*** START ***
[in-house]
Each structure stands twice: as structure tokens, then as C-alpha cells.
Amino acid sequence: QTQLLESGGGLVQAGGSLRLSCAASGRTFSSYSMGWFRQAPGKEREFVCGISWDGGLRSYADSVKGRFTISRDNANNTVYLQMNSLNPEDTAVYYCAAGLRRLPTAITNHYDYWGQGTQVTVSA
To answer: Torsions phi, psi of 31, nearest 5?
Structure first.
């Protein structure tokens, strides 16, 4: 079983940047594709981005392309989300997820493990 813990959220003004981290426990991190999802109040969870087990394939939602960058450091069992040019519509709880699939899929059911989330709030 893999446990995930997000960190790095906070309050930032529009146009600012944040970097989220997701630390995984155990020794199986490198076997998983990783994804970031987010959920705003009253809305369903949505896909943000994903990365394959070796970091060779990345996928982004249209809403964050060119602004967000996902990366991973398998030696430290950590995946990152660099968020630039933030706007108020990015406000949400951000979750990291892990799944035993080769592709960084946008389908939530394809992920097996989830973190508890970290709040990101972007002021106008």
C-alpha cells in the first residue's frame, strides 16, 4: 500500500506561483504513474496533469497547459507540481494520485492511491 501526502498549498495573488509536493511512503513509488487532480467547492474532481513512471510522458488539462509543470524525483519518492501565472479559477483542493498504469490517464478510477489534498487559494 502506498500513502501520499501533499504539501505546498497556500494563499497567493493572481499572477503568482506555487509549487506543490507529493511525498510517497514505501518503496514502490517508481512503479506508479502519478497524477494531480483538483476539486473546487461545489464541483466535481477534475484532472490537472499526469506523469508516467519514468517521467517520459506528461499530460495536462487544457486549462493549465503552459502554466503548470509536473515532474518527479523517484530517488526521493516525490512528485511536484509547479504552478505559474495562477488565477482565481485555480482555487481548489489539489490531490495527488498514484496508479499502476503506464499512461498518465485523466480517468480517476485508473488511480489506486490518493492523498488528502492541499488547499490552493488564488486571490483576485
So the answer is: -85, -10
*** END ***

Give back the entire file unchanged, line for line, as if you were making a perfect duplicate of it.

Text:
[in-house]
Each structure stands twice: as structure tokens, then as C-alpha cells.
Amino acid sequence: QTQLLESGGGLVQAGGSLRLSCAASGRTFSSYSMGWFRQAPGKEREFVCGISWDGGLRSYADSVKGRFTISRDNANNTVYLQMNSLNPEDTAVYYCAAGLRRLPTAITNHYDYWGQGTQVTVSA
To answer: Torsions phi, psi of 31, nearest 5?
Structure first.
């Protein structure tokens, strides 16, 4: 079983940047594709981005392309989300997820493990 813990959220003004981290426990991190999802109040969870087990394939939602960058450091069992040019519509709880699939899929059911989330709030 893999446990995930997000960190790095906070309050930032529009146009600012944040970097989220997701630390995984155990020794199986490198076997998983990783994804970031987010959920705003009253809305369903949505896909943000994903990365394959070796970091060779990345996928982004249209809403964050060119602004967000996902990366991973398998030696430290950590995946990152660099968020630039933030706007108020990015406000949400951000979750990291892990799944035993080769592709960084946008389908939530394809992920097996989830973190508890970290709040990101972007002021106008």
C-alpha cells in the first residue's frame, strides 16, 4: 500500500506561483504513474496533469497547459507540481494520485492511491 501526502498549498495573488509536493511512503513509488487532480467547492474532481513512471510522458488539462509543470524525483519518492501565472479559477483542493498504469490517464478510477489534498487559494 502506498500513502501520499501533499504539501505546498497556500494563499497567493493572481499572477503568482506555487509549487506543490507529493511525498510517497514505501518503496514502490517508481512503479506508479502519478497524477494531480483538483476539486473546487461545489464541483466535481477534475484532472490537472499526469506523469508516467519514468517521467517520459506528461499530460495536462487544457486549462493549465503552459502554466503548470509536473515532474518527479523517484530517488526521493516525490512528485511536484509547479504552478505559474495562477488565477482565481485555480482555487481548489489539489490531490495527488498514484496508479499502476503506464499512461498518465485523466480517468480517476485508473488511480489506486490518493492523498488528502492541499488547499490552493488564488486571490483576485
So the answer is: -85, -10